Papale on Implied Volatility

By Steve Papale

Arguably this Sunday could be the biggest sports day in history.  The Super Bowl is the most watched sporting event each year and the money machine called the NFL is marketing Super Bowl 50 like the Y2K pundits were marketing computer shutdowns.  Of course I’ll be on my couch watching a 3 hour game that takes 5 hours.  And just like the minutes after midnight in the year 2000, I’ll be glad it’s over and things can get back to normal.

We’re in the middle of options boot camp.  So far we’ve covered the basics of puts and calls, intrinsic and extrinsic value and some terminology.  Today we hit arguably the single most important concept in options trading – implied volatility (IV).  This of course will only be a summary discussion.

If you have no experience with the concept, spend some time learning it.  You can’t trade options without getting this.  Basically IV is the options markets perception of risk in the underlying.  This risk is measured by uncertainty in the price movement between today and expiration day.  Higher perception of risk means higher IV.

FB MatrixThink of options like insurance policies.  If the probability of an adverse event goes up, the insurance company raises the cost of insurance, like when my 16 year old got his driver’s license.  Same with options.  In the equity world, the adverse effect is lower prices.  So when the option market perceives a higher likelihood of lower underlying prices in the future, the IV goes up.   The increased IV which is translated into higher options prices only shows up on the extrinsic portion of the option price.  The intrinsic value portion of the option is only affected by how much the option is in or out of the money.  Future risk has no bearing on that – only price movement in the underlying now.  So all the increase in option price comes from an increase in extrinsic value. You might say “who cares  – the price of the option is the price”, but this concept becomes important when measuring certain risks in options, which  we will get to later.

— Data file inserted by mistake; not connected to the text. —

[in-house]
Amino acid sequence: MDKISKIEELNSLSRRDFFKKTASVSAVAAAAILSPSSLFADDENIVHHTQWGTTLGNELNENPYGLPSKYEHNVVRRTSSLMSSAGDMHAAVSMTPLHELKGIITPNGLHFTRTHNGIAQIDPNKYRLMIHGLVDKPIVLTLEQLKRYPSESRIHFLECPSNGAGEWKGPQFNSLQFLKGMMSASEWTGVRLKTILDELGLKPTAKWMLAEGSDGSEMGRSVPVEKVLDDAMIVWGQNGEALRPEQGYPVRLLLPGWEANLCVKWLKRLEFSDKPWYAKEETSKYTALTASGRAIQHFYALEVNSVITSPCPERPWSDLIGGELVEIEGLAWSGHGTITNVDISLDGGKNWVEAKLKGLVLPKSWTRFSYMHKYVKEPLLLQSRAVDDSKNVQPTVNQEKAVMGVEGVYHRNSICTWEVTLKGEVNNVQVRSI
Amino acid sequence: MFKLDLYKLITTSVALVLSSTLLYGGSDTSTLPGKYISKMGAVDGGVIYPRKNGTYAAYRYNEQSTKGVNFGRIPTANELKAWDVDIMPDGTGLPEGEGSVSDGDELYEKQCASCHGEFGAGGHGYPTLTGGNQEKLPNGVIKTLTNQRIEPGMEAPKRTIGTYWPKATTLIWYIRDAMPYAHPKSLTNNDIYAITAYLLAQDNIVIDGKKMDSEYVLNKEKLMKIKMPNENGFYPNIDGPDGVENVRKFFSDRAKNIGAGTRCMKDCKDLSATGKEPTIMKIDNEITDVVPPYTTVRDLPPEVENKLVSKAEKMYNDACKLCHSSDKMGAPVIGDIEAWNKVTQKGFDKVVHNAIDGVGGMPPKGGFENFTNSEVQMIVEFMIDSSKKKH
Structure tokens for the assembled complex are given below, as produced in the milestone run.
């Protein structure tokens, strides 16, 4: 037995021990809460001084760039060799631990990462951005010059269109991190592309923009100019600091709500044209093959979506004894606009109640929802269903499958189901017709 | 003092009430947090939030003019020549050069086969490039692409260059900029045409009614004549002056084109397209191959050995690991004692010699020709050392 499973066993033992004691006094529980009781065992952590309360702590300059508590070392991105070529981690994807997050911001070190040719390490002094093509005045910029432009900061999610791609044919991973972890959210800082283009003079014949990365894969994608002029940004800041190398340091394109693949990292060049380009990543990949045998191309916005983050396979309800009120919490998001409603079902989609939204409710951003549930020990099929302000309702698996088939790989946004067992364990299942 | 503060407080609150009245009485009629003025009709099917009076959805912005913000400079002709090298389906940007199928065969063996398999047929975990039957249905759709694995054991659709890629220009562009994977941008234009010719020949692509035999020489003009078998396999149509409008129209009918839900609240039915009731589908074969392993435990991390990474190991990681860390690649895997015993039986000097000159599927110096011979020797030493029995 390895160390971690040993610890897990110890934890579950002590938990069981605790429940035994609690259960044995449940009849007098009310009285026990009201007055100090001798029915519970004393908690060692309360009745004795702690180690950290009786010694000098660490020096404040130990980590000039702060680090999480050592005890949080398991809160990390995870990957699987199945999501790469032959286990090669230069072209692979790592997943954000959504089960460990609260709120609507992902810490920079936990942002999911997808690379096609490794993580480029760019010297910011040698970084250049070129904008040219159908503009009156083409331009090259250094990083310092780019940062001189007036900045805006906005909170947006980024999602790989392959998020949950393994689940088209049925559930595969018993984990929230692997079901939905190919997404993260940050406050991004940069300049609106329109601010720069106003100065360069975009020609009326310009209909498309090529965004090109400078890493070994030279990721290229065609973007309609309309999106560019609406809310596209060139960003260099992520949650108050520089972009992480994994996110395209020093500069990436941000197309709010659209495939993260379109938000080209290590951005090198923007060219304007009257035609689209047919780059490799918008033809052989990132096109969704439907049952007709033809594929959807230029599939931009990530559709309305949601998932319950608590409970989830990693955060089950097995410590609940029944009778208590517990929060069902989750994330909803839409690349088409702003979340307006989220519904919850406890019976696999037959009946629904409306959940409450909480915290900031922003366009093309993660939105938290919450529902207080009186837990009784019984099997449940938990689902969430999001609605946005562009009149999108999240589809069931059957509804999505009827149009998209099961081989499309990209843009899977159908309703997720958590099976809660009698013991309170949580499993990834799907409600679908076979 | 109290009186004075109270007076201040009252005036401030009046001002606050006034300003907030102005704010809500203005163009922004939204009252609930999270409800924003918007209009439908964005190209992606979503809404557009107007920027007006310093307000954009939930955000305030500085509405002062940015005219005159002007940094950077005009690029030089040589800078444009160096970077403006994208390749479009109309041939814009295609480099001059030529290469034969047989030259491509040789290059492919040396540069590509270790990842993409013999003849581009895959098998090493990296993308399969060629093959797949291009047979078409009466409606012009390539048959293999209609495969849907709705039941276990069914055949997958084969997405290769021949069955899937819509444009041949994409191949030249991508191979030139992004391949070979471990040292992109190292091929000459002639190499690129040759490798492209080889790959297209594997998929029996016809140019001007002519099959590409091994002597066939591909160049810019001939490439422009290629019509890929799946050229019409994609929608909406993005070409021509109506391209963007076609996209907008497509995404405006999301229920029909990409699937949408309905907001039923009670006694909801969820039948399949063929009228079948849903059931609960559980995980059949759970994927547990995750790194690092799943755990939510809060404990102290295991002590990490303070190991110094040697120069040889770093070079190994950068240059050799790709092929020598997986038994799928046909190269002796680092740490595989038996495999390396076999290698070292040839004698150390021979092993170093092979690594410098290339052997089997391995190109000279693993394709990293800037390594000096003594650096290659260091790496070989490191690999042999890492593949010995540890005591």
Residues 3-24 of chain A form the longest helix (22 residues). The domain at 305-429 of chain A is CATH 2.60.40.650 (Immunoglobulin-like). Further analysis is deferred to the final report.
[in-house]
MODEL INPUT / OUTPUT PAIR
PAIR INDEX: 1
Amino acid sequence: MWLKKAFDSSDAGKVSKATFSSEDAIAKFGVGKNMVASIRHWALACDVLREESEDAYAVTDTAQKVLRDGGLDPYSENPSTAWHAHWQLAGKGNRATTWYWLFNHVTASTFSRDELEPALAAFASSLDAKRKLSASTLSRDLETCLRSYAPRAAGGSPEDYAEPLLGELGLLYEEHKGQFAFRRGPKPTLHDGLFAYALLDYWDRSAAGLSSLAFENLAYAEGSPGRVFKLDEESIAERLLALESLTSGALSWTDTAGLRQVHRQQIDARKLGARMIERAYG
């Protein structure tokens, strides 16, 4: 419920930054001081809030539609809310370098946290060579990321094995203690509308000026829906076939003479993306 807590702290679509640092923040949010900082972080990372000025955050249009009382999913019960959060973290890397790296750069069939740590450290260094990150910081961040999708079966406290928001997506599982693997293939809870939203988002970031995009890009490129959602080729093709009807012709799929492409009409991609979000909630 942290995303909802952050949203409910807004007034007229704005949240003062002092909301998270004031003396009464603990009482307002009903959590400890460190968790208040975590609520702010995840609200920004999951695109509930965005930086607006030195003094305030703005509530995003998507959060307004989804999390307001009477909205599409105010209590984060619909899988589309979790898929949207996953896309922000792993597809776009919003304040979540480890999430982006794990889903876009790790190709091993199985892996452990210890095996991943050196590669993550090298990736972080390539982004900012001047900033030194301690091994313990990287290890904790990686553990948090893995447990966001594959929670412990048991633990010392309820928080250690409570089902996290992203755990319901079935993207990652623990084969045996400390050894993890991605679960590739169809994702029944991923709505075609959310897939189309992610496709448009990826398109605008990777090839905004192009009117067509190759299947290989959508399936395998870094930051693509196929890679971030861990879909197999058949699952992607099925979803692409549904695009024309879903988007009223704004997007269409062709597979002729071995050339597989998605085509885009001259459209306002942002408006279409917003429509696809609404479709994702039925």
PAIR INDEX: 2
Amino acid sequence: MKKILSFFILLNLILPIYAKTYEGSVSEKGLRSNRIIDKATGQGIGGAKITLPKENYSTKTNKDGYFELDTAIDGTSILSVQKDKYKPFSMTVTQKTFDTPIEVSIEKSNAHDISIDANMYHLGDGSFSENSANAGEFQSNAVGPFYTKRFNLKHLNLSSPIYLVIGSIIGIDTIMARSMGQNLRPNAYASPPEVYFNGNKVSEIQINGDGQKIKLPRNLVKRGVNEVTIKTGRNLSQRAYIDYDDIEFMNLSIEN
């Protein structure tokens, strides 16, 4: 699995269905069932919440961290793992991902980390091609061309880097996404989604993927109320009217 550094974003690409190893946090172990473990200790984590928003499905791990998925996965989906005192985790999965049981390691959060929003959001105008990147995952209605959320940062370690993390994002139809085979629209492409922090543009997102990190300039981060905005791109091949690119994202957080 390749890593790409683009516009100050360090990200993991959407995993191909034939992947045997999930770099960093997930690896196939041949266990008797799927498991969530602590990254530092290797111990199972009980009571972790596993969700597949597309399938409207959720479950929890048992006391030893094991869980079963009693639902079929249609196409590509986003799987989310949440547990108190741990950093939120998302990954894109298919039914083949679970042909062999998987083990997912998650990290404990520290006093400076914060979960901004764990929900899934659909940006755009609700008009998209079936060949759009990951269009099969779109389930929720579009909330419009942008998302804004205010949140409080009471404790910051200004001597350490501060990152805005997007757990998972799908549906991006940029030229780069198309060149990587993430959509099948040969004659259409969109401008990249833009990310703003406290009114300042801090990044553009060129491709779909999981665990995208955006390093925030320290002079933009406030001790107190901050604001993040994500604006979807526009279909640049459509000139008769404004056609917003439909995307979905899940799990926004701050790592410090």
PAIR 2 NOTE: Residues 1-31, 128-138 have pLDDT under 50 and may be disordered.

Finally IV moves independent of any changes in underlying.  For example, if a company is announcing earnings in 2 weeks, we expect to see IV go up between now and the earnings announcement due to increased uncertainty on how the stock will move when earnings are announced.  But even if the stock stays put, the prices of all options will increase because hedgers and speculators are bidding up prices to protect or profit from a possible adverse move in the stock when earnings are announced.  And what happens after earnings are announced?  The uncertainty is gone and IV generally goes down.  The stock may move up or down but that effect will be more on the intrinsic value of the option price.

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